Definitions

from The American Heritage® Dictionary of the English Language, 5th Edition.

  • adjective Of or relating to longitude or length.
  • adjective Concerned with the development of persons or groups over time.
  • adjective Placed or running lengthwise.

from The Century Dictionary.

  • noun In iron ship-building, one of the fore-and-aft members in the framing of a cellular double bottom, consisting of a plate, an inner angle-bar by which it is connected to the inner bottom, and an outer angle-bar by which it is connected to the outside plating. In warships, the plate and inner bar are usually continuous; in merchant vessels the plate and both bars are more frequently worked inter-costally between the frames. Also called longitudinal frame. See cuts under double bottom.
  • Of or pertaining to longitude or length; relating to or consisting in length: as, longitudinal distance.
  • In the direction of the length; running lengthwise, as distinguished from transverse or across: as, the longitudinal diameter of a body.
  • In botany, in the direction of growth.
  • In zoology, extended in the long axis of the body, as any articulate animal; articulated.

from the GNU version of the Collaborative International Dictionary of English.

  • noun A railway sleeper lying parallel with the rail.
  • adjective Of or pertaining to longitude or length.
  • adjective Extending in length; in the direction of the length; running lengthwise, as distinguished from transverse.

from Wiktionary, Creative Commons Attribution/Share-Alike License.

  • adjective Relating to length, or to longitude.
  • adjective Running in the direction of the long axis of a body.
  • adjective Forward and/or backward, relative to some defined direction.
  • adjective of a study Sampling data over time rather than merely once.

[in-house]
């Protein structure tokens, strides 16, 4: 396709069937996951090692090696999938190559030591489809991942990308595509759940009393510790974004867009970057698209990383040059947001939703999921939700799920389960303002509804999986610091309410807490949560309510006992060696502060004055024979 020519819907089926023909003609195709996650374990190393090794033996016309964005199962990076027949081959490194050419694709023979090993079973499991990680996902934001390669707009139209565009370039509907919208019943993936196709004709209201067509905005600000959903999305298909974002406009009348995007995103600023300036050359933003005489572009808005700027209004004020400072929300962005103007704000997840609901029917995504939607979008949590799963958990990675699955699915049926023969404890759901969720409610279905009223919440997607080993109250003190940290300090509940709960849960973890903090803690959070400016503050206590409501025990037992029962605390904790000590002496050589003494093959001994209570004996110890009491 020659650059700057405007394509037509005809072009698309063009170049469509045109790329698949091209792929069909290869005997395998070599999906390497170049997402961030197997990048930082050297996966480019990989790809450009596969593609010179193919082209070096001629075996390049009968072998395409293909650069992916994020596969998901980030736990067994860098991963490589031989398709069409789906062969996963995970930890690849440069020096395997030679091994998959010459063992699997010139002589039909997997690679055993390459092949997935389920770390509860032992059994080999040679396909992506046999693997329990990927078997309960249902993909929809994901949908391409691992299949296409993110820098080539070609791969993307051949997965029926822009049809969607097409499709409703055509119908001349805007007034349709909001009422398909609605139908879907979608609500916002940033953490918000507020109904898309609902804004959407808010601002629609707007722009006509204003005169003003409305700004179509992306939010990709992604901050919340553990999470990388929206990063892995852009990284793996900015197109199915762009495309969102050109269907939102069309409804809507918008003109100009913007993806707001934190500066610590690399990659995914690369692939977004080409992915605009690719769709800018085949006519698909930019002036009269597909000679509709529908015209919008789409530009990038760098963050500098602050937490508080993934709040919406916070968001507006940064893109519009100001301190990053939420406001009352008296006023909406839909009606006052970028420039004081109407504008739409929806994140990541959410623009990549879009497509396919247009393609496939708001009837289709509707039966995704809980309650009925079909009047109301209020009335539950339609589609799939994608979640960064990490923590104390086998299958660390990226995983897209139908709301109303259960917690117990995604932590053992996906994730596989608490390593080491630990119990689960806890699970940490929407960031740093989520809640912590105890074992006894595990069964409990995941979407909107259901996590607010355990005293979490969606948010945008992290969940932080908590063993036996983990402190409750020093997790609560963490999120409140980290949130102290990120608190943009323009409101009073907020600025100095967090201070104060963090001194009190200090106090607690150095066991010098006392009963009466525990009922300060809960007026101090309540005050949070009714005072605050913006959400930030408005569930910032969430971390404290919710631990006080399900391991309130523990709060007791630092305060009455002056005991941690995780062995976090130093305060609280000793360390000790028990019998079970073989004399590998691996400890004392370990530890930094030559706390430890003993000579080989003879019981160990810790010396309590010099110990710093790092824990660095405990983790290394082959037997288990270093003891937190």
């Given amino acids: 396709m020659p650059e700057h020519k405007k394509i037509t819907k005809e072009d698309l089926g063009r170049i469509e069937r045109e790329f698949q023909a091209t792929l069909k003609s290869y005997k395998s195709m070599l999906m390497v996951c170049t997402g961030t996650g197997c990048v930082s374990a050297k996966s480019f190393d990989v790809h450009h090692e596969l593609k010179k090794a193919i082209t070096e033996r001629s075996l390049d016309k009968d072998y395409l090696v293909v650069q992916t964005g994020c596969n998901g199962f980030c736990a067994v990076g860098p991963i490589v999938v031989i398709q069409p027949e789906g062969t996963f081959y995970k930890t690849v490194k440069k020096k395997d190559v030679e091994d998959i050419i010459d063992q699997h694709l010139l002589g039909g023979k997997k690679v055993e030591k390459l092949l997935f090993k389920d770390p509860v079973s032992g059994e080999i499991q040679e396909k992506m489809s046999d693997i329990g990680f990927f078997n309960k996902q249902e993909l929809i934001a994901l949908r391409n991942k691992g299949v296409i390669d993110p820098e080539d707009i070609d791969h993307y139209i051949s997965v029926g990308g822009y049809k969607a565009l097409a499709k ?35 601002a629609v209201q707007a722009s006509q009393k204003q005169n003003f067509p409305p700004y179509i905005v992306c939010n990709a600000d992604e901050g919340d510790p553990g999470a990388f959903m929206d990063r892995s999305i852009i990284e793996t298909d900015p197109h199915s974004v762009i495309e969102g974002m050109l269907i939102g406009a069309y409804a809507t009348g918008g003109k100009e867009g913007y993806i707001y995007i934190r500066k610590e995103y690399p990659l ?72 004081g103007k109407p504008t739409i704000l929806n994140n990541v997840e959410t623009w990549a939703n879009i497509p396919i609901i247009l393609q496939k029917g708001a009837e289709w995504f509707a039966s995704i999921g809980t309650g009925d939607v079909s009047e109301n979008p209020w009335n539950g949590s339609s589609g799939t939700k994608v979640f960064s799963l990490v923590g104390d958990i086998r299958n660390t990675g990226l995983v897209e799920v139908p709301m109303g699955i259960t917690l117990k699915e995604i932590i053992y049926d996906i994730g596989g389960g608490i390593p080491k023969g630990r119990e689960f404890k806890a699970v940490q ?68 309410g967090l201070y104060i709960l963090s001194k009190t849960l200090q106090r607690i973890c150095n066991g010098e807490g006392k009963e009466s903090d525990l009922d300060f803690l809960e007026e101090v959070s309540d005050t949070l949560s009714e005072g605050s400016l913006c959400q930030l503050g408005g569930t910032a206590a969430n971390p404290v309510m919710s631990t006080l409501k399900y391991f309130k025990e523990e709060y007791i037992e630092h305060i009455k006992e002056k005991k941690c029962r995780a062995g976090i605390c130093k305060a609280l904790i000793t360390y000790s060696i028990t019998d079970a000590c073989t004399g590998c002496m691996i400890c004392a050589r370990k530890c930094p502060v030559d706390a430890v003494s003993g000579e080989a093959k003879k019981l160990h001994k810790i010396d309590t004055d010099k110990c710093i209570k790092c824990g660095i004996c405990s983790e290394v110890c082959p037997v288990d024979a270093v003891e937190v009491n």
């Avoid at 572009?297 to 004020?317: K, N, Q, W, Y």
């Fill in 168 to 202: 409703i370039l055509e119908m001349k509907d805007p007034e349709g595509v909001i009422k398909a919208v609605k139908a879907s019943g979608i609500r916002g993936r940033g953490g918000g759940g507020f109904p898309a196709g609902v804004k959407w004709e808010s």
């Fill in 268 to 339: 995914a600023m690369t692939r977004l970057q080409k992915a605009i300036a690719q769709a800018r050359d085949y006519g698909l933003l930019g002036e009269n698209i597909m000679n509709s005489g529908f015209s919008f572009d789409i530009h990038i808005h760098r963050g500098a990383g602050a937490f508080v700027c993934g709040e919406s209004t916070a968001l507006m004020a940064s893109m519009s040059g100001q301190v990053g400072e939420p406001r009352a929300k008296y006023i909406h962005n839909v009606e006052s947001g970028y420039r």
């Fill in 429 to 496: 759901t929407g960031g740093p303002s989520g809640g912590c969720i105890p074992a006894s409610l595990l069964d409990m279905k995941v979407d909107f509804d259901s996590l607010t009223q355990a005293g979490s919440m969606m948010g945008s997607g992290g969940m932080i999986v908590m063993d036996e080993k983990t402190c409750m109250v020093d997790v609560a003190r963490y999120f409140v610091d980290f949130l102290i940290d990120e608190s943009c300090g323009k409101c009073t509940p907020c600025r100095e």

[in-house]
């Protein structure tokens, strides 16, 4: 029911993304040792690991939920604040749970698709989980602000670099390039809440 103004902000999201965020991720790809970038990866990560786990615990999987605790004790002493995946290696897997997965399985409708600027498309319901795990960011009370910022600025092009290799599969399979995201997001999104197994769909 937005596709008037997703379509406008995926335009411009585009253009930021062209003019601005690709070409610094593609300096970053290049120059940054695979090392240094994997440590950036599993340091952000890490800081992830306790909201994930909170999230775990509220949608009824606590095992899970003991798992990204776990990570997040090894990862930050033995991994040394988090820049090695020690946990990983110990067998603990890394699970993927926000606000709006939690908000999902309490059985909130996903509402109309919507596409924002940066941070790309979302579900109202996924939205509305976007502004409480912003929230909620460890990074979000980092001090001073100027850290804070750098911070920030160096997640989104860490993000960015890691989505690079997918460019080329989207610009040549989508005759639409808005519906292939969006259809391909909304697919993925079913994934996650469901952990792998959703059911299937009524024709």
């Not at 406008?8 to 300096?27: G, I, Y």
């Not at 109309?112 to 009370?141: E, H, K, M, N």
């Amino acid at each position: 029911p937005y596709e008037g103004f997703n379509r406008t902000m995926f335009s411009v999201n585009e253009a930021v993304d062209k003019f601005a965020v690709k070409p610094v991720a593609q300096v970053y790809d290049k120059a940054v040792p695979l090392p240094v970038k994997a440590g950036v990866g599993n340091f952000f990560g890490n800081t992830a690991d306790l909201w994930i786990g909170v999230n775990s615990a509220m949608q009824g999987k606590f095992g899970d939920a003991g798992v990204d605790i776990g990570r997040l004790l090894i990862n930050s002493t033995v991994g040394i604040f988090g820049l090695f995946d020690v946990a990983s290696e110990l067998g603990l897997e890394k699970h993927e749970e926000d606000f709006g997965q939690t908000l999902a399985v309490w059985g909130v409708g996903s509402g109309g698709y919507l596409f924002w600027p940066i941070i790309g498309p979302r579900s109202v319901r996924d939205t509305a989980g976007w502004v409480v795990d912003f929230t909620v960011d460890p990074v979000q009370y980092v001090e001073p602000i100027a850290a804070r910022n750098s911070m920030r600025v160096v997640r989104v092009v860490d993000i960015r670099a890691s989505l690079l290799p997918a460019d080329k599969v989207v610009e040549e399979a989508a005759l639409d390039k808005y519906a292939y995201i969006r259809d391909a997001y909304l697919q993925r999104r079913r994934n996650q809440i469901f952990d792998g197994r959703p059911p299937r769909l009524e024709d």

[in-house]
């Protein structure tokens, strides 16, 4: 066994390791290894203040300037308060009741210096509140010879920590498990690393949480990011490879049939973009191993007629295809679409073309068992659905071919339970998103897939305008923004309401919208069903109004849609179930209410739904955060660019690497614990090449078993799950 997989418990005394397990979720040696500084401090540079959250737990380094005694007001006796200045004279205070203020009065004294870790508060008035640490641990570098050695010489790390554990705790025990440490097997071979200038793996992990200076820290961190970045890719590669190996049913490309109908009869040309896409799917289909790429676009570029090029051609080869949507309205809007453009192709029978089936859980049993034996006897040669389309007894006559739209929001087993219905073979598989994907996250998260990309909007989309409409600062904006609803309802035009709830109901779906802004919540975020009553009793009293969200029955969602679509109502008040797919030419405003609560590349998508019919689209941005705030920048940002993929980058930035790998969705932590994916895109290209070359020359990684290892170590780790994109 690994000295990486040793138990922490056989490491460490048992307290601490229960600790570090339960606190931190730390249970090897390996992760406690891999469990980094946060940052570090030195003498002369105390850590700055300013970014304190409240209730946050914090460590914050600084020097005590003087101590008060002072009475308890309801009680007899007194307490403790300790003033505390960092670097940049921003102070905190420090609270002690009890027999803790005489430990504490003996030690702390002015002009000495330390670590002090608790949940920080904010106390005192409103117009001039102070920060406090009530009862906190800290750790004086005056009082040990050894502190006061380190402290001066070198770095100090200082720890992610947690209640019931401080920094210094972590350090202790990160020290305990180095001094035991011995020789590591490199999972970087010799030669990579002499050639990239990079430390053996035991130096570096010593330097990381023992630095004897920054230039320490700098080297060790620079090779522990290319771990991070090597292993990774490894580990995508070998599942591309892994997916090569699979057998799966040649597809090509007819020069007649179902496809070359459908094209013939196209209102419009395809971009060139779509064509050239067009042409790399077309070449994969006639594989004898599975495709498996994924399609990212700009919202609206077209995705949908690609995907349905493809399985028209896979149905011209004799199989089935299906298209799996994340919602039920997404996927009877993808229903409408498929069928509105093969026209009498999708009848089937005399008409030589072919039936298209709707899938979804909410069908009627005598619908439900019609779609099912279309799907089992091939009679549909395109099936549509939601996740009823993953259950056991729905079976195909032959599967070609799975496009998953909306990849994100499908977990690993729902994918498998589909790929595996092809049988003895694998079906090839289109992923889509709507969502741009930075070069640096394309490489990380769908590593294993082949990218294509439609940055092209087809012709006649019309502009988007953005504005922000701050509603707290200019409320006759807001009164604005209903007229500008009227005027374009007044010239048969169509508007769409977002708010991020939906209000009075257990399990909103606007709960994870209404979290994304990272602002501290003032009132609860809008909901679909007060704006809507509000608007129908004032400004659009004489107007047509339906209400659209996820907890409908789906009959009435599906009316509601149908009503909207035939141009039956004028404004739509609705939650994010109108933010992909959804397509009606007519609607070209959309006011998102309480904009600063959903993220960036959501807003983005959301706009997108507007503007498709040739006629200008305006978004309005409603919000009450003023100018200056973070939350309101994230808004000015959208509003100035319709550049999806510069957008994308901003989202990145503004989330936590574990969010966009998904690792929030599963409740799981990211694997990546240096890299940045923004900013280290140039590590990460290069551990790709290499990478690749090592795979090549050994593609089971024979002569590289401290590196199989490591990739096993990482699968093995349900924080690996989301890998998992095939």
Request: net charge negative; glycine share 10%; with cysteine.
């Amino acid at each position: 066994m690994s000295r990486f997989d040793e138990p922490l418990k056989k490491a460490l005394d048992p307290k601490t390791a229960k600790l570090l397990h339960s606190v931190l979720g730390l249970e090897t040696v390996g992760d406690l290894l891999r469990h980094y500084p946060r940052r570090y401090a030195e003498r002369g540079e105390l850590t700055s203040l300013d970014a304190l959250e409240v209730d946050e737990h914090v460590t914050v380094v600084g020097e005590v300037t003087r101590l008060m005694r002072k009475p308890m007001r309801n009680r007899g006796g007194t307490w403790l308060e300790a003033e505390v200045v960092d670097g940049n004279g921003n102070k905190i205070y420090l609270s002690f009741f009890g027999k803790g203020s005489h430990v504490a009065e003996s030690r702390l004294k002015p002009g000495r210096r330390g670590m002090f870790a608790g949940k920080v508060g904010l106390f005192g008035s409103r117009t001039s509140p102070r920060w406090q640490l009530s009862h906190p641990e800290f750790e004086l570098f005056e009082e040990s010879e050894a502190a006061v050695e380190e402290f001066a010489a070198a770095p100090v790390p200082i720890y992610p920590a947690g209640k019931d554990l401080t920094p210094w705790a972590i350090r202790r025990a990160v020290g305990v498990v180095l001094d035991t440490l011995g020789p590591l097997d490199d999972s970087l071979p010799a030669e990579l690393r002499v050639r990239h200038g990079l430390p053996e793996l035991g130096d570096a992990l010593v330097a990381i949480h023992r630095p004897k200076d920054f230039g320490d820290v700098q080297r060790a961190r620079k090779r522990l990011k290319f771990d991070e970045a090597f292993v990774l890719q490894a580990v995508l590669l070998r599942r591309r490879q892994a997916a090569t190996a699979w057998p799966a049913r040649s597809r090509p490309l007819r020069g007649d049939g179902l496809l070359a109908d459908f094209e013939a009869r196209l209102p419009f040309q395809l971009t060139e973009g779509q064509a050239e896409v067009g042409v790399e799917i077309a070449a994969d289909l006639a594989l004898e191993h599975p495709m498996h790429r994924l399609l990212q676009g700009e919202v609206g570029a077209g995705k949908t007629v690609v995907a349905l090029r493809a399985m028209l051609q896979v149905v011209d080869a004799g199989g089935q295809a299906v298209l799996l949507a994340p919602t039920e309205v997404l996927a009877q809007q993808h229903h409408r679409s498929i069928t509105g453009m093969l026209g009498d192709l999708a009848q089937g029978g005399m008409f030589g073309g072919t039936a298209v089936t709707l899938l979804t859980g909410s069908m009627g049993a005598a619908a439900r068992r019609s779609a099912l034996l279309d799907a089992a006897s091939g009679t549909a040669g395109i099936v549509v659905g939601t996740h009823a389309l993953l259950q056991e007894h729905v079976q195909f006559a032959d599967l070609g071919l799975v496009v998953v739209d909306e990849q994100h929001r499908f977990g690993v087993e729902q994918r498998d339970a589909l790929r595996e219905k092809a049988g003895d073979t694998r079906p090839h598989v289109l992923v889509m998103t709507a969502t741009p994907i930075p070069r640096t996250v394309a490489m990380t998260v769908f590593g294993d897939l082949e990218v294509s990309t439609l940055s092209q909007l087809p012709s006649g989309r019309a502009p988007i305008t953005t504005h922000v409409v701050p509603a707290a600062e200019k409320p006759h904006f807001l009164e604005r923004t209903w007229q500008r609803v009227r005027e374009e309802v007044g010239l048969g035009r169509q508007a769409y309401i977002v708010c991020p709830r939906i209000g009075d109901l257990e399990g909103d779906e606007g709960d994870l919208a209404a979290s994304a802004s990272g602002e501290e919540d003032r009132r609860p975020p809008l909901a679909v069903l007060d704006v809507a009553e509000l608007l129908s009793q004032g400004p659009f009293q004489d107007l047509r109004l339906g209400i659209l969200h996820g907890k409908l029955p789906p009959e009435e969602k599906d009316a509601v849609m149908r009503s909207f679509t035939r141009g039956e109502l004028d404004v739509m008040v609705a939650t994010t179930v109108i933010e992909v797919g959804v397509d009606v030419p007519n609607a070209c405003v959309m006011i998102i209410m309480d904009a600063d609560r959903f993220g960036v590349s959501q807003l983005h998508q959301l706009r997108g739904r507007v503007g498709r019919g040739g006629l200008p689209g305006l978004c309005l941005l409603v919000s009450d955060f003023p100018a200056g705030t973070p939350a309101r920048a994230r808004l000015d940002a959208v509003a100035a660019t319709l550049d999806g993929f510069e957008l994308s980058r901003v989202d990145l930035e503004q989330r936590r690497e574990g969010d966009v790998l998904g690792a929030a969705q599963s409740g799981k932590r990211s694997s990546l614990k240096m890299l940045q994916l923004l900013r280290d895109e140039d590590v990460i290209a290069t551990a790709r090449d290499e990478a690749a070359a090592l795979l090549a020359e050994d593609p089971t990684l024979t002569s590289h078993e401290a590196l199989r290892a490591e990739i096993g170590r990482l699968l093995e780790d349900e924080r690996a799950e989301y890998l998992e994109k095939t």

• noun Any longitudinal piece, as in shipbuilding etc.

from WordNet 3.0 Copyright 2006 by Princeton University. All rights reserved.

  • adjective of or relating to lines of longitude
  • adjective running lengthwise
  • adjective over an extended time

Etymologies

Sorry, no etymologies found.

Examples

  • "In any long-term longitudinal survey of budgetary costs, I think it would be imprudent and misleading not to adjust for the effects of inflation," says Stephen I. Schwartz, editor of the journal Nonproliferation Review and director of a 1998 study by the left-leaning Brookings Institution on long-range nuclear-weapons spending in the U.S.

    As Shuttle Sails Through Space, Costs Are Tough to Pin Down

  • However, long-term longitudinal studies seem to reveal…

    Certain Girls

  • However, long-term longitudinal studies seem to reveal…

    Certain Girls

  • However, long-term longitudinal studies seem to reveal…

    Certain Girls

  • Long-term longitudinal studies would be needed to assess the validity of either perspective.

    Born to Believe

  • Long-term longitudinal studies would be needed to assess the validity of either perspective.

    Born to Believe

  • This kind of vibration is called a longitudinal vibration.

    Euclid’s Window

  • This kind of vibration is called a longitudinal vibration.

    Euclid’s Window

  • This kind of vibration is called a longitudinal vibration.

    Euclid’s Window

  • Following the Exxon Valdez spill in 1989, "We didn't do the long-term longitudinal follow up that now we all wish we had data on," says Donald Williamson, state health officer for Alabama.

    Scientific American

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